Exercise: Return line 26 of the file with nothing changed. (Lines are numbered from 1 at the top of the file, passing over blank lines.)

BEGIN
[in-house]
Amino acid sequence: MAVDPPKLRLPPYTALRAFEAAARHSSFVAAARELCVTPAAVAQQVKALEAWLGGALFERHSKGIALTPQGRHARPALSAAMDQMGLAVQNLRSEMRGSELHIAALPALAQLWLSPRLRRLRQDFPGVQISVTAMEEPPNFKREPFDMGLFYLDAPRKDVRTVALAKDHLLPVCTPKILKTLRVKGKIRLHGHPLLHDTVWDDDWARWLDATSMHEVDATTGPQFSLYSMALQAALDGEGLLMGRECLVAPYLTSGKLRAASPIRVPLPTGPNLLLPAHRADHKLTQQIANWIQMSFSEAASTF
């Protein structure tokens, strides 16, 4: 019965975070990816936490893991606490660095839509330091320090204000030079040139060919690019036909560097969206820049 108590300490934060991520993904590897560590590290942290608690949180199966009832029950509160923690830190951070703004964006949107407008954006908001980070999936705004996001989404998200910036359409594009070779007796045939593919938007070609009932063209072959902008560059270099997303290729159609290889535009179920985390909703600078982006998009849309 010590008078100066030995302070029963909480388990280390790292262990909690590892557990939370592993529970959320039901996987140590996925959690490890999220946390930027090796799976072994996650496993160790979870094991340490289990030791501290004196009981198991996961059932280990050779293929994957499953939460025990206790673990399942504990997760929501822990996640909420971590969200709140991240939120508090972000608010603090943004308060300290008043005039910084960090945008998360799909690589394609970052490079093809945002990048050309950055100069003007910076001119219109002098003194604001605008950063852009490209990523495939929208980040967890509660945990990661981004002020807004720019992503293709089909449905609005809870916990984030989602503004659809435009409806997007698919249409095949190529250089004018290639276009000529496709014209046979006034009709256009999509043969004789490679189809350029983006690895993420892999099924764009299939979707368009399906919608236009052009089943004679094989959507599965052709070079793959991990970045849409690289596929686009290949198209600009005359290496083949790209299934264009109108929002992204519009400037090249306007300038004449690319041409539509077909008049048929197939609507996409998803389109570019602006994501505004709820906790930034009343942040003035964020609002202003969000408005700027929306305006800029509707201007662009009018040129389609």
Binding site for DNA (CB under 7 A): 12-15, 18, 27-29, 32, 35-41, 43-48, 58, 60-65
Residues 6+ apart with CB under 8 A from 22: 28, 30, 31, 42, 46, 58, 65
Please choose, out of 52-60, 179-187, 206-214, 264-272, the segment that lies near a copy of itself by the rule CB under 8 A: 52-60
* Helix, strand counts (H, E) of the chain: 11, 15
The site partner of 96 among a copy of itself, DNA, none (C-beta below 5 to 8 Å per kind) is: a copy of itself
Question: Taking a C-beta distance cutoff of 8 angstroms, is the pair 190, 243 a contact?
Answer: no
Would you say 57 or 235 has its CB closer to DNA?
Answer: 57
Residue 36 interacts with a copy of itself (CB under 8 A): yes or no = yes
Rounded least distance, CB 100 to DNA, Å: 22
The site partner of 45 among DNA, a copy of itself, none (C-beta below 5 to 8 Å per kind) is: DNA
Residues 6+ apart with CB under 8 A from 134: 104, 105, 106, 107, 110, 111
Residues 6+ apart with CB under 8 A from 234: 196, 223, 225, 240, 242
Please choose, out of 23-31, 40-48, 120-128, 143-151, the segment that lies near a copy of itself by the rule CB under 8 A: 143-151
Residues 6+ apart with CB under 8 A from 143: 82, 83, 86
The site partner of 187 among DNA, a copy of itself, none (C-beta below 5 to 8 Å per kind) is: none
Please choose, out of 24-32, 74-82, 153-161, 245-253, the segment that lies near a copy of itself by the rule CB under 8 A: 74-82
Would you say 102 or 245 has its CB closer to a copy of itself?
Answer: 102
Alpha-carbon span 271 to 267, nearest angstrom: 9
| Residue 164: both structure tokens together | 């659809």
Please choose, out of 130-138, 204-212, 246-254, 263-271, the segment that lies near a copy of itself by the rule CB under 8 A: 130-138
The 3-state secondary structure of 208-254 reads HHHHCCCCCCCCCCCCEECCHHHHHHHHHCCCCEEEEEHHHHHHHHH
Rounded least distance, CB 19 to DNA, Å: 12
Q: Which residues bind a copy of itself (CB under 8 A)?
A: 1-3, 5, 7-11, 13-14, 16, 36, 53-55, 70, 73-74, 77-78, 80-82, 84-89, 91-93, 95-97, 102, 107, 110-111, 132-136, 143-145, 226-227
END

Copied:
Please choose, out of 130-138, 204-212, 246-254, 263-271, the segment that lies near a copy of itself by the rule CB under 8 A: 130-138